If you’re tempted to think that running a low-power radio station involves only penny-and-dime stuff, read this.
The former operator of an LPFM station in Louisiana has not been able to convince the Federal Communications Commission to forgive a $20,000 fine against her company even though she has claimed it will cause her financial hardship. The station was WHYR(FM) in Baton Rouge. The Audio Division of the Media Bureau says the licensee, Ethics Inc., violated the rules with an unauthorized transfer of control starting in late 2005.
The FCC staff issued a notice of apparent liability in the case last year. The president of Ethics, Elaine Rougeau, responded. But, according to the commission, she didn’t submit Ethics’ federal tax returns, financial statements or any other “reliable and objective documentation setting forth its finances.”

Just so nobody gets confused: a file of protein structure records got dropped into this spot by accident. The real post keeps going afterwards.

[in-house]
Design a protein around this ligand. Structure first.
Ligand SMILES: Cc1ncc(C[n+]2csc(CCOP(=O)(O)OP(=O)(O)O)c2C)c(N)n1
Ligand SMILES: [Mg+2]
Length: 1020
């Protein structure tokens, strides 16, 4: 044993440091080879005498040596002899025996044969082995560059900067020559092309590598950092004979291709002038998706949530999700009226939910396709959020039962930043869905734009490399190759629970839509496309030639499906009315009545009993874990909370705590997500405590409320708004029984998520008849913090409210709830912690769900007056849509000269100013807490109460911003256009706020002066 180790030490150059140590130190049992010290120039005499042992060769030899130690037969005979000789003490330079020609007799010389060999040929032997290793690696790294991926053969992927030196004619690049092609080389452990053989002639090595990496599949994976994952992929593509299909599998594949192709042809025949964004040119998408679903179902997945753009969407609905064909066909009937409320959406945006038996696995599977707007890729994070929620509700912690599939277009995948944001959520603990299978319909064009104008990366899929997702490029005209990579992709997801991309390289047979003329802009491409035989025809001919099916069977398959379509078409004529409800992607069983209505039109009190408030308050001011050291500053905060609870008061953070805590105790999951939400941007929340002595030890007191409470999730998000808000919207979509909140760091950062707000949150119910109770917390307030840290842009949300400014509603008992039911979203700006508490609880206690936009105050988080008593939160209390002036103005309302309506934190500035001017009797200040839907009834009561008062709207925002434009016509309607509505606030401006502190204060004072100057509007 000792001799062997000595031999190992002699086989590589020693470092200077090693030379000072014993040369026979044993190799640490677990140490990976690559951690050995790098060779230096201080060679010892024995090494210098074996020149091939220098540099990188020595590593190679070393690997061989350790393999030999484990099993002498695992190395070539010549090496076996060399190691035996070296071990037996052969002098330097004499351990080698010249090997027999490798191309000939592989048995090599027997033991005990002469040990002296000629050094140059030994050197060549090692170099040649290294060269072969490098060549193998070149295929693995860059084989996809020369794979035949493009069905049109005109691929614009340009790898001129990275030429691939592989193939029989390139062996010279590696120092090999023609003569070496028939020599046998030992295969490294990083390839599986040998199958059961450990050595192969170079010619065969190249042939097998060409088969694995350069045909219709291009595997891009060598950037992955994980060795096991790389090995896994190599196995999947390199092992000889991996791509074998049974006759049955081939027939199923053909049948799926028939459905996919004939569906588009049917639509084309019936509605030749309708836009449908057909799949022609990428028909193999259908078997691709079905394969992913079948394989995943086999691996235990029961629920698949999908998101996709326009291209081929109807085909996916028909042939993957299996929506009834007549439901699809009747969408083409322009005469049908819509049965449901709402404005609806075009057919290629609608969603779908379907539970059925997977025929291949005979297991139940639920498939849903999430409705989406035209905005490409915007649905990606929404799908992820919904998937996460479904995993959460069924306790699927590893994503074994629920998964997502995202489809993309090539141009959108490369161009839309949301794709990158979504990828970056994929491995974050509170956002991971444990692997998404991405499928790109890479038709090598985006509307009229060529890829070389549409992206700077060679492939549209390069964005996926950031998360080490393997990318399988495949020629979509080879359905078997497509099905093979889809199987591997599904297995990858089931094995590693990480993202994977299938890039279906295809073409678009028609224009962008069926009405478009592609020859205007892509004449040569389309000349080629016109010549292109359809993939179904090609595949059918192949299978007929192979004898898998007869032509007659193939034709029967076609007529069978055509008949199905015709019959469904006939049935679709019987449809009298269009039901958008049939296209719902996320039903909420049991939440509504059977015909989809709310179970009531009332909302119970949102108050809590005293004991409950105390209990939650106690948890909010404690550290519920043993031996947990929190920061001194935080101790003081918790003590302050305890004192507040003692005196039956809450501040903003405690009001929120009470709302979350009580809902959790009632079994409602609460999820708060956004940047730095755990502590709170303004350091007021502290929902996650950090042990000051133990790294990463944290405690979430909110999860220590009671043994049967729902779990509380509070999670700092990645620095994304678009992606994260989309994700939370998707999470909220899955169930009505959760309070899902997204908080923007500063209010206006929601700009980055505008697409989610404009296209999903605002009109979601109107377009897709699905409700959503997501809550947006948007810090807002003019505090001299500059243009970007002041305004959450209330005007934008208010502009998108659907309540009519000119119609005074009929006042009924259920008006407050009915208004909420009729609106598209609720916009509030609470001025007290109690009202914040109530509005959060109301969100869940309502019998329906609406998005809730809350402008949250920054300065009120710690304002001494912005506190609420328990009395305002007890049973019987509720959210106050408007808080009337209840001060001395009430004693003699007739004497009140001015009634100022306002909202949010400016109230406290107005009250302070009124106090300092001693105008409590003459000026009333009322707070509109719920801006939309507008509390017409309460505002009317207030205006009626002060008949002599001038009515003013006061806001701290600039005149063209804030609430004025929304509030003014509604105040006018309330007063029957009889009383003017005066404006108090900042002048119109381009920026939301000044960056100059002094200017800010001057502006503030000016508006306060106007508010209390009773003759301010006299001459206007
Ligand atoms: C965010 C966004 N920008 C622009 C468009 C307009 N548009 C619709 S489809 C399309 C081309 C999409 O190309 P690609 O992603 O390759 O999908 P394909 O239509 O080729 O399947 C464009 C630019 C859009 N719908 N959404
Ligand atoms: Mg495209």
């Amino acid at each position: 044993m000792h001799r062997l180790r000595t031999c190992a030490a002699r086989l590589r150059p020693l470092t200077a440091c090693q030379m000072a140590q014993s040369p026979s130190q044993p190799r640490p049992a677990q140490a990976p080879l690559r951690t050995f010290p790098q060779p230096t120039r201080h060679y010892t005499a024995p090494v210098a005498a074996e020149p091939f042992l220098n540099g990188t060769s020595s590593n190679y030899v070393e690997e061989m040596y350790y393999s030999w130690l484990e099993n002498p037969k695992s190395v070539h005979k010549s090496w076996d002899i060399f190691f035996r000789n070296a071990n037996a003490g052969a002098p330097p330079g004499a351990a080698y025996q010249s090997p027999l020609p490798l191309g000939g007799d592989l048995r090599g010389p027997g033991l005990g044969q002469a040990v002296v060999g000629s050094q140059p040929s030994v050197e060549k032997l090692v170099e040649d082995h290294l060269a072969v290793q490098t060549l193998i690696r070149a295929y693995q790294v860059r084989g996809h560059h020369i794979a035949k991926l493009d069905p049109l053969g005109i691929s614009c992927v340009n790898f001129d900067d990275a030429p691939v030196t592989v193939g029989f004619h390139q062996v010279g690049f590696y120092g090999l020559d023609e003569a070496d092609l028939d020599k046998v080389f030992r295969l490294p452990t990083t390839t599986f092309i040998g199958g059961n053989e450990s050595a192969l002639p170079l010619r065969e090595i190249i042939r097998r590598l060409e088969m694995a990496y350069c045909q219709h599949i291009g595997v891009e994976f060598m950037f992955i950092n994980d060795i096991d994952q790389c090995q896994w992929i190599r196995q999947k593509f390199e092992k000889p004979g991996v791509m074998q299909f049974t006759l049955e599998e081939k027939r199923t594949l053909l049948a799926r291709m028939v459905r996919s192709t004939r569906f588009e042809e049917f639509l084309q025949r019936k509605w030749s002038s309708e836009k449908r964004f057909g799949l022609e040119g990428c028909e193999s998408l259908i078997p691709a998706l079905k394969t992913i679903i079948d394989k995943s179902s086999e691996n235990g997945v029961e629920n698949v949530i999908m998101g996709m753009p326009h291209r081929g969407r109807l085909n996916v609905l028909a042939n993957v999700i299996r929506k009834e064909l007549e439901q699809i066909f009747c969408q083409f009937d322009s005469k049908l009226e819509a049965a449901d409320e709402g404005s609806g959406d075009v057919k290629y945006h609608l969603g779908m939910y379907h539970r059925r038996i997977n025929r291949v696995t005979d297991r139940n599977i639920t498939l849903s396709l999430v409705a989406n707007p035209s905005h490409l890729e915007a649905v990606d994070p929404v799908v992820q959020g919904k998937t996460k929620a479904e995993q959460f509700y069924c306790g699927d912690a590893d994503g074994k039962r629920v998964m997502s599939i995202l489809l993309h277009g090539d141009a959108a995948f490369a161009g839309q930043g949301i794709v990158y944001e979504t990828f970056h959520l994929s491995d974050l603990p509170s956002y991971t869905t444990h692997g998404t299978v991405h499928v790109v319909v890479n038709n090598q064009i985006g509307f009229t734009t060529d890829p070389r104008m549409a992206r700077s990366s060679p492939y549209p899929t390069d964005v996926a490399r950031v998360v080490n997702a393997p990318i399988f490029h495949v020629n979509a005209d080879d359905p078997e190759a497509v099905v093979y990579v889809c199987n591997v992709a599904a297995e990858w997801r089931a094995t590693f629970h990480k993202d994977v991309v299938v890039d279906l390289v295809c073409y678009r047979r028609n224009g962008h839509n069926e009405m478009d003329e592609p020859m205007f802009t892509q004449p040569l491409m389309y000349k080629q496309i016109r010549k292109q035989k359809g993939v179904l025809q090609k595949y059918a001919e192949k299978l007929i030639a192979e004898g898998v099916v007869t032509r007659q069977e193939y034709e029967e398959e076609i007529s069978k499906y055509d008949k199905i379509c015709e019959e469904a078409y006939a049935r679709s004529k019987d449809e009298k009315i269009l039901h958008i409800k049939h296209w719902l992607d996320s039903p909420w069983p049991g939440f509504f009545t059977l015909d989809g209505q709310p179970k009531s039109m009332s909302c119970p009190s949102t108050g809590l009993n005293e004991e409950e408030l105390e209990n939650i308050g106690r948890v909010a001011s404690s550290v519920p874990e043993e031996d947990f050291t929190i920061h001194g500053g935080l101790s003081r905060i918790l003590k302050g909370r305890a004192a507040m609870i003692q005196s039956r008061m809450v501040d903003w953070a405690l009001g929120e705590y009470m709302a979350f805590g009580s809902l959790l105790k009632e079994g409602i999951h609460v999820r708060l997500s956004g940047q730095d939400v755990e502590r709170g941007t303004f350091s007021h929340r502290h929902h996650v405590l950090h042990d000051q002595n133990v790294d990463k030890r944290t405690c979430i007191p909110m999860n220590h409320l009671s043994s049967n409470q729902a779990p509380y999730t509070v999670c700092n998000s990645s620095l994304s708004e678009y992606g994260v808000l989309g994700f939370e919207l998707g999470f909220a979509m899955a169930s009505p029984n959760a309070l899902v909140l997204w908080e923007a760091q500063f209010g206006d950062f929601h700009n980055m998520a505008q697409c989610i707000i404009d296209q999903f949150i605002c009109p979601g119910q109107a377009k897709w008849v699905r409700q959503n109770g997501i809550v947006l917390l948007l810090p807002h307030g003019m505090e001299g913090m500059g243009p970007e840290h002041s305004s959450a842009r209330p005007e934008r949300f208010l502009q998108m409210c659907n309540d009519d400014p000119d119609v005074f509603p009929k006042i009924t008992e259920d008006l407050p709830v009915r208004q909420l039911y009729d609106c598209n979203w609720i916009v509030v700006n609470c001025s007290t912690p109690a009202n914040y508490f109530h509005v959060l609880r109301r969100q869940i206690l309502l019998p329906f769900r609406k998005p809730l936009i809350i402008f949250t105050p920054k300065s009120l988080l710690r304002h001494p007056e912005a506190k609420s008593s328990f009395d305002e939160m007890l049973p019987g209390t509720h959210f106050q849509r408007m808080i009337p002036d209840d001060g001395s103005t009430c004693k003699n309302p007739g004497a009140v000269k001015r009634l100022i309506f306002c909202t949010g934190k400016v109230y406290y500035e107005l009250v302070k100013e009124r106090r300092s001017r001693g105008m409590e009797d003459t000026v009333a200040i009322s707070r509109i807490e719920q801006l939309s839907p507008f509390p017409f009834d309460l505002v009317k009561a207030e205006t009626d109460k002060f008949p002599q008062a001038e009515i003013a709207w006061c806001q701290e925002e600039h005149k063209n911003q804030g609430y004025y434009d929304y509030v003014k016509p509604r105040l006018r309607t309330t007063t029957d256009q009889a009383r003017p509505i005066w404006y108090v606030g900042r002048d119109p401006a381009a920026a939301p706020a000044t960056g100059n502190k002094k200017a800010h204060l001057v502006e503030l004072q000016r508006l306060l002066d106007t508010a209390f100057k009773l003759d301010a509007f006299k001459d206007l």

She did tell them that the organization “has not produced income of over $10,000 in the almost 10 years” of its existence, and provides her personal federal tax returns for 2009, as well as a copy of a hardship letter sent in support of a request to modify her home mortgage.
The FCC said the paperwork was not enough.
“Because Ethics has a three-person board, we cannot consider only Rougeau’s personal tax returns. Moreover, even if we were to consider Rougeau’s submissions, we would find them insufficient.”
Without better info, the commission said it won’t reduce the $20,000 fine.
Update: In May 2012 Elaine Rougeau took exception to this description of the FCC action and RW’s reporting of it. Read her commentary here.